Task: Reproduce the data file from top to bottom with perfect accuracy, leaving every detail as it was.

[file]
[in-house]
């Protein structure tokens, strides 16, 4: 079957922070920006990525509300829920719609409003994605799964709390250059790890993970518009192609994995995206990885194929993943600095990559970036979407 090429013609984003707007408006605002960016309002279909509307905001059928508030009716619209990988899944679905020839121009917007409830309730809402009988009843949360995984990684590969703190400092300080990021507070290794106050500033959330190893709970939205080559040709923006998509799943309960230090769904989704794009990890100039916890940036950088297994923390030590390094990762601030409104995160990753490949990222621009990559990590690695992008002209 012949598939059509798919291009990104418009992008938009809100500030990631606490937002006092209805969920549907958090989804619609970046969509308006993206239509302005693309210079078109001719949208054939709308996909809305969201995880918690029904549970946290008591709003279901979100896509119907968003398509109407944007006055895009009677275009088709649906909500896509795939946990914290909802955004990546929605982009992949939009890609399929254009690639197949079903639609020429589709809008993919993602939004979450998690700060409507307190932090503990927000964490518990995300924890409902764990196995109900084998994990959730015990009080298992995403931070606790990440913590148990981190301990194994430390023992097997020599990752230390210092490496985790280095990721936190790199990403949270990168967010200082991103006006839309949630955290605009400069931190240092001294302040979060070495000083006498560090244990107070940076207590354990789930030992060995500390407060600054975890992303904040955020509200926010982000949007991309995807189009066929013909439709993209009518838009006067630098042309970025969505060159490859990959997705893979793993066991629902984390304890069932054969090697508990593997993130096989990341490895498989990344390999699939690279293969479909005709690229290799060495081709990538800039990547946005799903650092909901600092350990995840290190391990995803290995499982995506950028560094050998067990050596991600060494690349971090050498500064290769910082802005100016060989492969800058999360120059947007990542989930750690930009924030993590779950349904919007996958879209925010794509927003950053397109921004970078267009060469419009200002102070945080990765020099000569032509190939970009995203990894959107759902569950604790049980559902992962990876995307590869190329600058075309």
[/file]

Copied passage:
[in-house]
């Protein structure tokens, strides 16, 4: 079957922070920006990525509300829920719609409003994605799964709390250059790890993970518009192609994995995206990885194929993943600095990559970036979407 090429013609984003707007408006605002960016309002279909509307905001059928508030009716619209990988899944679905020839121009917007409830309730809402009988009843949360995984990684590969703190400092300080990021507070290794106050500033959330190893709970939205080559040709923006998509799943309960230090769904989704794009990890100039916890940036950088297994923390030590390094990762601030409104995160990753490949990222621009990559990590690695992008002209 012949598939059509798919291009990104418009992008938009809100500030990631606490937002006092209805969920549907958090989804619609970046969509308006993206239509302005693309210079078109001719949208054939709308996909809305969201995880918690029904549970946290008591709003279901979100896509119907968003398509109407944007006055895009009677275009088709649906909500896509795939946990914290909802955004990546929605982009992949939009890609399929254009690639197949079903639609020429589709809008993919993602939004979450998690700060409507307190932090503990927000964490518990995300924890409902764990196995109900084998994990959730015990009080298992995403931070606790990440913590148990981190301990194994430390023992097997020599990752230390210092490496985790280095990721936190790199990403949270990168967010200082991103006006839309949630955290605009400069931190240092001294302040979060070495000083006498560090244990107070940076207590354990789930030992060995500390407060600054975890992303904040955020509200926010982000949007991309995807189009066929013909439709993209009518838009006067630098042309970025969505060159490859990959997705893979793993066991629902984390304890069932054969090697508990593997993130096989990341490895498989990344390999699939690279293969479909005709690229290799060495081709990538800039990547946005799903650092909901600092350990995840290190391990995803290995499982995506950028560094050998067990050596991600060494690349971090050498500064290769910082802005100016060989492969800058999360120059947007990542989930750690930009924030993590779950349904919007996958879209925010794509927003950053397109921004970078267009060469419009200002102070945080990765020099000569032509190939970009995203990894959107759902569950604790049980559902992962990876995307590869190329600058075309």